From Monday January 2nd, most train operators will increase season ticket and saver ticket prices by 4.3 per cent. This is one per cent above inflation, but other fares are set to rise by up to 7.3 per cent.
In addition, council tax bills in England are to rise by up to five per cent, adding to consumer debt burden in 2007.
Yet with Londoners footing the bill for the 2012 Olympics, there is to be no government cap on council tax rates, meaning that the increase could be greater, making it even more important that people start debt management plans now.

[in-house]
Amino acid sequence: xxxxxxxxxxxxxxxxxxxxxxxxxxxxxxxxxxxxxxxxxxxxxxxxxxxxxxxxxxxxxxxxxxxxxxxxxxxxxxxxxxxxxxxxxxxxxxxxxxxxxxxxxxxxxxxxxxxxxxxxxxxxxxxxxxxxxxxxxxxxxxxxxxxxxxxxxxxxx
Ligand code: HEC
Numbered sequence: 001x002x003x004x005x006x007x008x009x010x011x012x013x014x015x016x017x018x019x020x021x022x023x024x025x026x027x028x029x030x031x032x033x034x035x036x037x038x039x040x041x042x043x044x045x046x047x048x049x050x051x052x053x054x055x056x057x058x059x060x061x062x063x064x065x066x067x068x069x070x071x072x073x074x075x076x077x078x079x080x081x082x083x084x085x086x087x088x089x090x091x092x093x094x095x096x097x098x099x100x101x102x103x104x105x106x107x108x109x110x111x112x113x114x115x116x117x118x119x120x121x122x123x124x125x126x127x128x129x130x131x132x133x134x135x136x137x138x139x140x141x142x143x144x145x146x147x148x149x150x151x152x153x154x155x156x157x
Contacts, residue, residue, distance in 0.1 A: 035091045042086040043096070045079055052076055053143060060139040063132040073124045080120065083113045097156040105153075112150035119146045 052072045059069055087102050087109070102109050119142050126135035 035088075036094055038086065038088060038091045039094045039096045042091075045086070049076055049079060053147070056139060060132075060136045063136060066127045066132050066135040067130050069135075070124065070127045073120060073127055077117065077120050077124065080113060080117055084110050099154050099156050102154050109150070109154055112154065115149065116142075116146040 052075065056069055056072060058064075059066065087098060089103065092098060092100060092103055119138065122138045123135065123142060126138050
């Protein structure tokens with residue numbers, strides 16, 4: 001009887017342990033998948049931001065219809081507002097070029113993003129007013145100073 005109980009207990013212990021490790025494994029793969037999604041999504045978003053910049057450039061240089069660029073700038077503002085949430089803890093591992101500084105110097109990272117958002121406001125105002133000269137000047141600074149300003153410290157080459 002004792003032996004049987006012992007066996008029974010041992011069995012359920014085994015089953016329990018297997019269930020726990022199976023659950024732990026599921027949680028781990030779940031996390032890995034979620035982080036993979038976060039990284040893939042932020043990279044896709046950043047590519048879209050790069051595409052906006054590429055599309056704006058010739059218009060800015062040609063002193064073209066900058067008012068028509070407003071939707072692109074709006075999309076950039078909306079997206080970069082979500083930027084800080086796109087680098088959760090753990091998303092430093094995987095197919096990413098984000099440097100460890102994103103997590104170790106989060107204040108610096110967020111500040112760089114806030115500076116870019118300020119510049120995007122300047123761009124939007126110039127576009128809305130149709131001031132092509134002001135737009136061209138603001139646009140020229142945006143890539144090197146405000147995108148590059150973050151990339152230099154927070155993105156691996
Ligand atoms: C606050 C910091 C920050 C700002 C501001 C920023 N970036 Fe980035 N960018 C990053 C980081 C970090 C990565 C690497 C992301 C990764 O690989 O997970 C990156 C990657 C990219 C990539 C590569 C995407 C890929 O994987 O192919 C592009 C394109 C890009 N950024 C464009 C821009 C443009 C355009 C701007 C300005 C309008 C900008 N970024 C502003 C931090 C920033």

For instance, a London all-zones travelcard currently costs £1,640, but this will rise to £1,720 from January, adding to the amount that people have to find to pay to get to work.
“While no-one likes to pay more for their travel, we need the revenue to pay for the ongoing improvements to the railways that passengers expect – and overall satisfaction levels are now at an all time high of 80 per cent,” said George Muir, director general of the Association of Train Operating Companies (Atoc), defending the rise.